This Week in Logic at CUNY

Set theory seminar
Friday, September 27, 2013 10:00 am 6417
Speaker: Gunter Fuchs The City University of New York
Title: A self-specializing Souslin tree

I will present a construction, assuming Jensen’s combinatorial principle diamond, of a Souslin tree T which, after forcing with T, will be Ahronszajn off the generic branch. More precisely, forcing with T will add a cofinal branch b through T, yet in the generic extension by b, whenever p is a node of T which does not belong to b, then the subtree of T which lies above p will be Q-embeddable, meaning that there is an order preserving function from that subtree to the rationals. This shows that the rigidity property of being Souslin off the generic branch is strictly stronger than the unique branch property, two notions of rigidty previously studied in joint work with Joel Hamkins, where it was conjectured that it would be possible to construct such a self specializing Souslin tree.

Model theory seminar
Friday, September 27, 2013 12:30 pm GC 6417
Speaker: Diana Ojeda Aristizabal Cornell University
Title: Finite forms of Gowers’ Theorem on the oscillation stability of c_0

We give a constructive proof of the finite version of Gowers’ FIN_k Theorem and analyze the corresponding upper bounds. The FIN_k Theorem is closely related to the oscillation stability of c_0. The stabilization of Lipschitz functions on arbitrary finite dimensional Banach spaces was proved well before by V. Milman. We compare the finite FIN_k Theorem with the Finite Stabilization Principle found by Milman in the case of spaces of the form ell_{infty}^n, ninN, and establish a much slower growing upper bound for the finite stabilization principle in this particular case.

CUNY Logic Workshop
Friday, September 27, 2013 2:00 pm GC 6417
Speaker: Joel David Hamkins The City University of New York
Title: Satisfaction is not absolute

I will discuss a number of theorems showing that the satisfaction relation of first-order logic is less absolute than might have been supposed. Two models of set theory $M_1$ and $M_2$, for example, can agree on their natural numbers $langlemathbb{N},{+},{cdot},0,1,{lt}rangle^{M_1}=langlemathbb{N},{+},{cdot},0,1,{lt}rangle^{M_2}$, yet disagree on arithmetic truth: they have a sentence $sigma$ in the language of arithmetic that $M_1$ thinks is true in the natural numbers, yet $M_2$ thinks $negsigma$ there. Two models of set theory can agree on the natural numbers $mathbb{N}$ and on the reals $mathbb{R}$, yet disagree on projective truth. Two models of set theory can have the same natural numbers and have a computable linear order in common, yet disagree about whether this order is well-ordered. Two models of set theory can have a transitive rank initial segment $V_delta$ in common, yet disagree about whether this $V_delta$ is a model of ZFC. The theorems are proved with elementary classical methods.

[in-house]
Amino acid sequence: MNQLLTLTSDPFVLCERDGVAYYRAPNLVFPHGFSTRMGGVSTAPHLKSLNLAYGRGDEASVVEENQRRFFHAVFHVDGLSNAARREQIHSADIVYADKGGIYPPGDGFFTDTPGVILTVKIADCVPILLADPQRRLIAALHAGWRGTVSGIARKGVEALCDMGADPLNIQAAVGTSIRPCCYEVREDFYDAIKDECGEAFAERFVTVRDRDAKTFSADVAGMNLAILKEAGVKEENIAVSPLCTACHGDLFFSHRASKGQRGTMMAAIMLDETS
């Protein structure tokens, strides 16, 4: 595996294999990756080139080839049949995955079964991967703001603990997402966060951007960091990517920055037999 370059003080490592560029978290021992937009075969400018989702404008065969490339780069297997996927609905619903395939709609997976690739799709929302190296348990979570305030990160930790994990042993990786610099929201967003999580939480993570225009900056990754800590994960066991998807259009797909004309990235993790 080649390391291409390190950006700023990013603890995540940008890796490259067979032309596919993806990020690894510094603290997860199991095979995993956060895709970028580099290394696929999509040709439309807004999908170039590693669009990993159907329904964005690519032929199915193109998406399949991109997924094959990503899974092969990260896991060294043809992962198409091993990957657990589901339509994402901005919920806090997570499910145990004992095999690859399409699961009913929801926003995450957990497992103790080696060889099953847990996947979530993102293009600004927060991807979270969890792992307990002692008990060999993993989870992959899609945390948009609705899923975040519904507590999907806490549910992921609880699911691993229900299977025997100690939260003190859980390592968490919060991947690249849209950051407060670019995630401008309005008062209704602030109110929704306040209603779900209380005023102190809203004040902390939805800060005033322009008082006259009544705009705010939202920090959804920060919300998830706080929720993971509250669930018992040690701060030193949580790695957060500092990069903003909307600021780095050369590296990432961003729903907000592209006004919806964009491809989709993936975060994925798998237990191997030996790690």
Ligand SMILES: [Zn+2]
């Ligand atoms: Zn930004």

This is joint work with Ruizhi Yang (Fudan University, Shanghai). We argue, on the basis of these mathematical results, that the definiteness of truth in a structure, such as with arithmetic truth in the standard model of arithmetic, cannot arise solely from the definiteness of the structure itself in which that truth resides; rather, it must be seen as a separate, higher-order ontological commitment.

Seminar in Logic and Games
Computational Logic Seminar
Giuseppe Longo,CNRS & Ecole Normale Supérieure, Paris
Schroedinger and Turing on the Logic of Life:  from the “coding” to the “genesis” of forms.
Friday, September 27, 2013, 2 PM, room 4421
Abstract: Schroedinger’s and Turing’s analyses of life phenomena have a twofold aspects. They both follow, first, a “coding paradigm”, of embryogenesis or of human computations and deductions respectively, and then move towards a more “dynamicist” approach. Schroedinger, in the second part of his 1944 book, hints to biological organization as negentropy – a variant of Gibbs dynamical analysis of energy – that we revitalized as anti-entropy, see references. Turing, after stressing that “the nervous system is surely not a Discrete State machine” (1950), invents the mathematics for an action/reaction/diffusion process, a “continuous system” (1952), where chemical matter (an hardware with no software) organizes itself along morphogenesis.
We will hint to the paths for thought opened by Turing’s dynamics as continuous deformations at the core of Turing’s pioneering paper of 1952, where symmetry breakings are a key component of the bio-chemical processes.

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